trans- and cis-1-Chloro-2-thiophenylcyclohexane C12H15ClS

Section 24.7. Intramolecular catalysis: anchimeric assistance.

Intramolecular catalysis follows similar mechanisms to intermolecular catalysis, but with the added bonus that the catalyst is already present near the reaction site, and the wait for the collision to allow the intermolecular reaction to take place is considerably reduced. In this case, the sulfur atom is acting as a nucleophilic catalyst, being a good nucleophile and the good leaving group. However, the SN2 mechanism has the constraint that the attacking nucleophile must approach from the back of the leaving group. For the trans-cyclohexane (left) this is possible (if both groups are axial, as in the model), and the sulfur can act as a catalyst, speeding up the reaction about 70,000 times over the unsubstituted chlorocyclohexane. For the cis-cyclohexane, the necessary configuration for the sulfur to become involved cannot be attained, and no catalysis is observed, the only effect being a steric one which slows down the substitution compared with the unsubstituted chlorocyclohexane. Such a neighboring group effect is called anchimeric assistance.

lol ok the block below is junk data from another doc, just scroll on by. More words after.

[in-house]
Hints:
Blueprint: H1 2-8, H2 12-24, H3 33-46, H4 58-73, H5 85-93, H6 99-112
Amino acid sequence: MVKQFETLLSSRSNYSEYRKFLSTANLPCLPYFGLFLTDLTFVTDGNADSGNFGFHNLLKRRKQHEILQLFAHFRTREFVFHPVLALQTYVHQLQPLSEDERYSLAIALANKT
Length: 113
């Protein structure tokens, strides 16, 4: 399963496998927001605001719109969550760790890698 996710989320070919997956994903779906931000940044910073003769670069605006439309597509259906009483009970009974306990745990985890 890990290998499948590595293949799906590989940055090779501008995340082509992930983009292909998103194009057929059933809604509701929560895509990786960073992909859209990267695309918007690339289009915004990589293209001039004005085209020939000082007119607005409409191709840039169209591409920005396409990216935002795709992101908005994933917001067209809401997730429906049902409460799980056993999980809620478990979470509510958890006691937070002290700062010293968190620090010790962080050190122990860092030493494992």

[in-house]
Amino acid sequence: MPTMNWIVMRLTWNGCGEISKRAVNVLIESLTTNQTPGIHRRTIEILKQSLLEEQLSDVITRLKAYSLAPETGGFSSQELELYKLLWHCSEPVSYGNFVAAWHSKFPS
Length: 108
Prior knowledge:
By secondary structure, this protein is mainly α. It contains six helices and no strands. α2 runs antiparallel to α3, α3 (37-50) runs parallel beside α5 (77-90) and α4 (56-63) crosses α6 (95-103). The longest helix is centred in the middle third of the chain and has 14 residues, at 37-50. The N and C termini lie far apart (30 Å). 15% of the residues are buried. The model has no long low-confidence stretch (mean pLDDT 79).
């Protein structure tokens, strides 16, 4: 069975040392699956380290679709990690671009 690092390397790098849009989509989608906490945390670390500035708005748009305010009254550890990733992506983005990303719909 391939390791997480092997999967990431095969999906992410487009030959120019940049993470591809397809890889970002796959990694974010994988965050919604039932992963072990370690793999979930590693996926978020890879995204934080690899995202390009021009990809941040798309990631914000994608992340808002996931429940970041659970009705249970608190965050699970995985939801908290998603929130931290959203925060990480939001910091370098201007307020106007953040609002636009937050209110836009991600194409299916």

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File created Wed Mar 26 21:23:35 2003